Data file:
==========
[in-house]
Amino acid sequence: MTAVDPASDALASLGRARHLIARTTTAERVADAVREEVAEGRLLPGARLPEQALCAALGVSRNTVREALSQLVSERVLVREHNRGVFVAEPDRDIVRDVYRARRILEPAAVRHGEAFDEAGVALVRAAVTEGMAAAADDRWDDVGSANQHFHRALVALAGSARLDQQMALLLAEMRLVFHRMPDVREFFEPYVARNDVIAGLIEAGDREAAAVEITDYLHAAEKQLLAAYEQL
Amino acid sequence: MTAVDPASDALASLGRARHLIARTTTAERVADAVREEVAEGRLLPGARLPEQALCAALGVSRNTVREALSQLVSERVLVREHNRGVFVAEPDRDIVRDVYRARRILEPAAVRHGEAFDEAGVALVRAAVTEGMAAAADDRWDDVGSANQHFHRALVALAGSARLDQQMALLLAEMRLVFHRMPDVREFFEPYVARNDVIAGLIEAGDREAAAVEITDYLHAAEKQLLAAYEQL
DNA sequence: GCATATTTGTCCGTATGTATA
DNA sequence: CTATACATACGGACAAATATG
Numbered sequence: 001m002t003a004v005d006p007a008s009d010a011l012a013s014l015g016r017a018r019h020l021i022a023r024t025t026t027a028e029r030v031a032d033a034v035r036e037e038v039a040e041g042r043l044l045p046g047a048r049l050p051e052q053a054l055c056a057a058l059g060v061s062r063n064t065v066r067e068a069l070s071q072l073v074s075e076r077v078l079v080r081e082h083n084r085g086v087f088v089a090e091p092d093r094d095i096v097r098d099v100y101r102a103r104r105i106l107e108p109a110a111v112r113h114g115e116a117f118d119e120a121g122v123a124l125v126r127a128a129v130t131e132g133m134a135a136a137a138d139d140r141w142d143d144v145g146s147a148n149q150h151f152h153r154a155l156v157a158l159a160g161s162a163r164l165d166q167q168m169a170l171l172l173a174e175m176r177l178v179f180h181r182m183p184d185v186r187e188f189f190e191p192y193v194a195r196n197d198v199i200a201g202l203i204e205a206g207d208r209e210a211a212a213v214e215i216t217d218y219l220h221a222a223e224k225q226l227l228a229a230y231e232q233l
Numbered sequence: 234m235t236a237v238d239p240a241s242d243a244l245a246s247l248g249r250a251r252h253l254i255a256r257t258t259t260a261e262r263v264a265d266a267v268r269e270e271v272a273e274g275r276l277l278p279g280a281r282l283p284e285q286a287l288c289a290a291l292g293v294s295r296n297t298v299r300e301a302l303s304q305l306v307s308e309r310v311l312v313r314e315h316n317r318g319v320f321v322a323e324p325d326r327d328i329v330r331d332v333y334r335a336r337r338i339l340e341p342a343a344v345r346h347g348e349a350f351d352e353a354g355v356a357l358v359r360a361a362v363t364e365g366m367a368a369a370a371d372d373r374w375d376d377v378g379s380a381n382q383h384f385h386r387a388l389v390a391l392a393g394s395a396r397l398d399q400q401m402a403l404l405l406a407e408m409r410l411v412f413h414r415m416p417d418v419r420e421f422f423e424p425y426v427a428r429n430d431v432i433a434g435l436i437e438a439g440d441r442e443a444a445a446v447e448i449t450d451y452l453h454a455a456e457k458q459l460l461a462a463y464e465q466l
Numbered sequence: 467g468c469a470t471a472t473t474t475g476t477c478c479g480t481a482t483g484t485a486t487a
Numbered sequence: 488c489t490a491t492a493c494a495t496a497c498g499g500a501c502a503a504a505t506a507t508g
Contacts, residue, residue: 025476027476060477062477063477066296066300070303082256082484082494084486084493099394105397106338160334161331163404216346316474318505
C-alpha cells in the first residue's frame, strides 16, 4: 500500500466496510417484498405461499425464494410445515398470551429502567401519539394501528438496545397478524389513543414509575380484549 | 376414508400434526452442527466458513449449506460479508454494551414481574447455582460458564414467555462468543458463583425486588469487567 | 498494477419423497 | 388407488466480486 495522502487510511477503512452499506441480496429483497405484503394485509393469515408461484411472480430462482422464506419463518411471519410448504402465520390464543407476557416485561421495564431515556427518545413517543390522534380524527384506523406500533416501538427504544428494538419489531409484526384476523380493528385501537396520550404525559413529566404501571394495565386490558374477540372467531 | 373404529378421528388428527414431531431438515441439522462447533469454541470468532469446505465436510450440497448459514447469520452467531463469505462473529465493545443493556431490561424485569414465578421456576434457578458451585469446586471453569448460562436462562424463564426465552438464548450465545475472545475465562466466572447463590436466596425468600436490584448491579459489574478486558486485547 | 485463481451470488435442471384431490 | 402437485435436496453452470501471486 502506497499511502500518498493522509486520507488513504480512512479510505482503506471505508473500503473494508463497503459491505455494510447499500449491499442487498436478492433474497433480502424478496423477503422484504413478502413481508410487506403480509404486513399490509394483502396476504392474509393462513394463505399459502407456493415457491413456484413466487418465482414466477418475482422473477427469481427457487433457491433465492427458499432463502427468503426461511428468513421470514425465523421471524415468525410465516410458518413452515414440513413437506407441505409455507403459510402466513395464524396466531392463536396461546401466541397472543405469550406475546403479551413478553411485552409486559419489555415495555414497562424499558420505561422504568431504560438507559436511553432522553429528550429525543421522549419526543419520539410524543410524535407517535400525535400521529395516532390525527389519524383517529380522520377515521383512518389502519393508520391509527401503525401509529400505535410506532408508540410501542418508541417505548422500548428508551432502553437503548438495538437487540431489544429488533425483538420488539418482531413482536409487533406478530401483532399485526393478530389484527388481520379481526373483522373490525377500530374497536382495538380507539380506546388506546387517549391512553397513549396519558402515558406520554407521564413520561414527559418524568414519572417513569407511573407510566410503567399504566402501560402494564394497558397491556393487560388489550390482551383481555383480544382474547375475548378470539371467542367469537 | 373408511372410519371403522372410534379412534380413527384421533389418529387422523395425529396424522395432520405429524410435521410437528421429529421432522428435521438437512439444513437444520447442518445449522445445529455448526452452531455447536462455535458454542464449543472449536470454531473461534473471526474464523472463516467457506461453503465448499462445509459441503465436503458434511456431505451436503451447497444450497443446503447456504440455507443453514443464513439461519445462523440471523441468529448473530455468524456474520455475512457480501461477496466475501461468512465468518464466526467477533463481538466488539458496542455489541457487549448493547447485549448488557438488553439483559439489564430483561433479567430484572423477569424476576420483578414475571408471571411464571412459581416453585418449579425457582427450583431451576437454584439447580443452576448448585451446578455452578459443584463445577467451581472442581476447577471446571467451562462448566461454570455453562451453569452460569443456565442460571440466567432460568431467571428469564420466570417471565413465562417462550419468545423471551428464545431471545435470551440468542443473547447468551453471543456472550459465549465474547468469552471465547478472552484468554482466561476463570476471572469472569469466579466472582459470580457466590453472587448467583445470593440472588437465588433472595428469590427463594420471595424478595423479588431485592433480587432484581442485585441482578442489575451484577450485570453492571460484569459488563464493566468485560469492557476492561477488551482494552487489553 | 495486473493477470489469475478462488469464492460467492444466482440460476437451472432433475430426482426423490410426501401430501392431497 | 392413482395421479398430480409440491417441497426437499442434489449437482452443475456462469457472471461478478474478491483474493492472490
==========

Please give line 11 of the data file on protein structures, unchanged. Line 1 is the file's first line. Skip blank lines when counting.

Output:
C-alpha cells in the first residue's frame, strides 16, 4: 500500500466496510417484498405461499425464494410445515398470551429502567401519539394501528438496545397478524389513543414509575380484549 | 376414508400434526452442527466458513449449506460479508454494551414481574447455582460458564414467555462468543458463583425486588469487567 | 498494477419423497 | 388407488466480486 495522502487510511477503512452499506441480496429483497405484503394485509393469515408461484411472480430462482422464506419463518411471519410448504402465520390464543407476557416485561421495564431515556427518545413517543390522534380524527384506523406500533416501538427504544428494538419489531409484526384476523380493528385501537396520550404525559413529566404501571394495565386490558374477540372467531 | 373404529378421528388428527414431531431438515441439522462447533469454541470468532469446505465436510450440497448459514447469520452467531463469505462473529465493545443493556431490561424485569414465578421456576434457578458451585469446586471453569448460562436462562424463564426465552438464548450465545475472545475465562466466572447463590436466596425468600436490584448491579459489574478486558486485547 | 485463481451470488435442471384431490 | 402437485435436496453452470501471486 502506497499511502500518498493522509486520507488513504480512512479510505482503506471505508473500503473494508463497503459491505455494510447499500449491499442487498436478492433474497433480502424478496423477503422484504413478502413481508410487506403480509404486513399490509394483502396476504392474509393462513394463505399459502407456493415457491413456484413466487418465482414466477418475482422473477427469481427457487433457491433465492427458499432463502427468503426461511428468513421470514425465523421471524415468525410465516410458518413452515414440513413437506407441505409455507403459510402466513395464524396466531392463536396461546401466541397472543405469550406475546403479551413478553411485552409486559419489555415495555414497562424499558420505561422504568431504560438507559436511553432522553429528550429525543421522549419526543419520539410524543410524535407517535400525535400521529395516532390525527389519524383517529380522520377515521383512518389502519393508520391509527401503525401509529400505535410506532408508540410501542418508541417505548422500548428508551432502553437503548438495538437487540431489544429488533425483538420488539418482531413482536409487533406478530401483532399485526393478530389484527388481520379481526373483522373490525377500530374497536382495538380507539380506546388506546387517549391512553397513549396519558402515558406520554407521564413520561414527559418524568414519572417513569407511573407510566410503567399504566402501560402494564394497558397491556393487560388489550390482551383481555383480544382474547375475548378470539371467542367469537 | 373408511372410519371403522372410534379412534380413527384421533389418529387422523395425529396424522395432520405429524410435521410437528421429529421432522428435521438437512439444513437444520447442518445449522445445529455448526452452531455447536462455535458454542464449543472449536470454531473461534473471526474464523472463516467457506461453503465448499462445509459441503465436503458434511456431505451436503451447497444450497443446503447456504440455507443453514443464513439461519445462523440471523441468529448473530455468524456474520455475512457480501461477496466475501461468512465468518464466526467477533463481538466488539458496542455489541457487549448493547447485549448488557438488553439483559439489564430483561433479567430484572423477569424476576420483578414475571408471571411464571412459581416453585418449579425457582427450583431451576437454584439447580443452576448448585451446578455452578459443584463445577467451581472442581476447577471446571467451562462448566461454570455453562451453569452460569443456565442460571440466567432460568431467571428469564420466570417471565413465562417462550419468545423471551428464545431471545435470551440468542443473547447468551453471543456472550459465549465474547468469552471465547478472552484468554482466561476463570476471572469472569469466579466472582459470580457466590453472587448467583445470593440472588437465588433472595428469590427463594420471595424478595423479588431485592433480587432484581442485585441482578442489575451484577450485570453492571460484569459488563464493566468485560469492557476492561477488551482494552487489553 | 495486473493477470489469475478462488469464492460467492444466482440460476437451472432433475430426482426423490410426501401430501392431497 | 392413482395421479398430480409440491417441497426437499442434489449437482452443475456462469457472471461478478474478491483474493492472490